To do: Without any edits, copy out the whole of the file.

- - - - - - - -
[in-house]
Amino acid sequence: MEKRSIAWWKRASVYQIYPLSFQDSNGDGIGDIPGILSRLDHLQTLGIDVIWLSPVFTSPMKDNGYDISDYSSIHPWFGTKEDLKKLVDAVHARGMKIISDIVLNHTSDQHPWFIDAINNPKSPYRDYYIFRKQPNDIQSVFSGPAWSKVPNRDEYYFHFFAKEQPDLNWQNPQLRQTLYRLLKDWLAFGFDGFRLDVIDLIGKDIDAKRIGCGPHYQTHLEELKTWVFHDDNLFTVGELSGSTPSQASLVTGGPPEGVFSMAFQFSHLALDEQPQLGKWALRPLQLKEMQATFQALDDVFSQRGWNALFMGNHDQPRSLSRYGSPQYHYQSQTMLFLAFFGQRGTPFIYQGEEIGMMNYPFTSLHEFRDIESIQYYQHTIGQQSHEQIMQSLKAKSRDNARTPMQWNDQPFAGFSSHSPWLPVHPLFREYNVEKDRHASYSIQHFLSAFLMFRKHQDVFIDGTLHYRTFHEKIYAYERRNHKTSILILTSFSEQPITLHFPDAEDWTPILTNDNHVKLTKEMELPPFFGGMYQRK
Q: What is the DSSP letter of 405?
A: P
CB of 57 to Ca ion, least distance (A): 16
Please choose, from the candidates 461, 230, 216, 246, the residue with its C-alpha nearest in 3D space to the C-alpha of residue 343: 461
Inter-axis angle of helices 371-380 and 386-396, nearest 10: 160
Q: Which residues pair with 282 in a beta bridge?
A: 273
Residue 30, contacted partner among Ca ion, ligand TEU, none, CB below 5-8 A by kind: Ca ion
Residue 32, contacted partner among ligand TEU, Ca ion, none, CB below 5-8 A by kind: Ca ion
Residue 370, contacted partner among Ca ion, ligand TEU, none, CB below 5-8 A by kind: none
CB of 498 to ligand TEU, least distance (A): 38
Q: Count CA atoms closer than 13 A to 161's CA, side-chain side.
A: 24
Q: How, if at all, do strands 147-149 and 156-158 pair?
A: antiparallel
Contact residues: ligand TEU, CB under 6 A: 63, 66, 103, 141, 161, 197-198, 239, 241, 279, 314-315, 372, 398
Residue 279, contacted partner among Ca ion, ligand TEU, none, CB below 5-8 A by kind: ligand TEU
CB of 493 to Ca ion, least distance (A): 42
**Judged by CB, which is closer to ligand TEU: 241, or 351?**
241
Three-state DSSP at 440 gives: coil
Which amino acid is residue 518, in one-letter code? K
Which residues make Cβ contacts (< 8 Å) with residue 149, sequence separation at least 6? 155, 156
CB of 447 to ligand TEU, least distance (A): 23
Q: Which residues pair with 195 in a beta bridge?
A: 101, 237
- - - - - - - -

[in-house]
Amino acid sequence: MEKRSIAWWKRASVYQIYPLSFQDSNGDGIGDIPGILSRLDHLQTLGIDVIWLSPVFTSPMKDNGYDISDYSSIHPWFGTKEDLKKLVDAVHARGMKIISDIVLNHTSDQHPWFIDAINNPKSPYRDYYIFRKQPNDIQSVFSGPAWSKVPNRDEYYFHFFAKEQPDLNWQNPQLRQTLYRLLKDWLAFGFDGFRLDVIDLIGKDIDAKRIGCGPHYQTHLEELKTWVFHDDNLFTVGELSGSTPSQASLVTGGPPEGVFSMAFQFSHLALDEQPQLGKWALRPLQLKEMQATFQALDDVFSQRGWNALFMGNHDQPRSLSRYGSPQYHYQSQTMLFLAFFGQRGTPFIYQGEEIGMMNYPFTSLHEFRDIESIQYYQHTIGQQSHEQIMQSLKAKSRDNARTPMQWNDQPFAGFSSHSPWLPVHPLFREYNVEKDRHASYSIQHFLSAFLMFRKHQDVFIDGTLHYRTFHEKIYAYERRNHKTSILILTSFSEQPITLHFPDAEDWTPILTNDNHVKLTKEMELPPFFGGMYQRK
Q: What is the DSSP letter of 405?
A: P
CB of 57 to Ca ion, least distance (A): 16
Please choose, from the candidates 461, 230, 216, 246, the residue with its C-alpha nearest in 3D space to the C-alpha of residue 343: 461
Inter-axis angle of helices 371-380 and 386-396, nearest 10: 160
Q: Which residues pair with 282 in a beta bridge?
A: 273
Residue 30, contacted partner among Ca ion, ligand TEU, none, CB below 5-8 A by kind: Ca ion
Residue 32, contacted partner among ligand TEU, Ca ion, none, CB below 5-8 A by kind: Ca ion
Residue 370, contacted partner among Ca ion, ligand TEU, none, CB below 5-8 A by kind: none
CB of 498 to ligand TEU, least distance (A): 38
Q: Count CA atoms closer than 13 A to 161's CA, side-chain side.
A: 24
Q: How, if at all, do strands 147-149 and 156-158 pair?
A: antiparallel
Contact residues: ligand TEU, CB under 6 A: 63, 66, 103, 141, 161, 197-198, 239, 241, 279, 314-315, 372, 398
Residue 279, contacted partner among Ca ion, ligand TEU, none, CB below 5-8 A by kind: ligand TEU
CB of 493 to Ca ion, least distance (A): 42
**Judged by CB, which is closer to ligand TEU: 241, or 351?**
241
Three-state DSSP at 440 gives: coil
Which amino acid is residue 518, in one-letter code? K
Which residues make Cβ contacts (< 8 Å) with residue 149, sequence separation at least 6? 155, 156
CB of 447 to ligand TEU, least distance (A): 23
Q: Which residues pair with 195 in a beta bridge?
A: 101, 237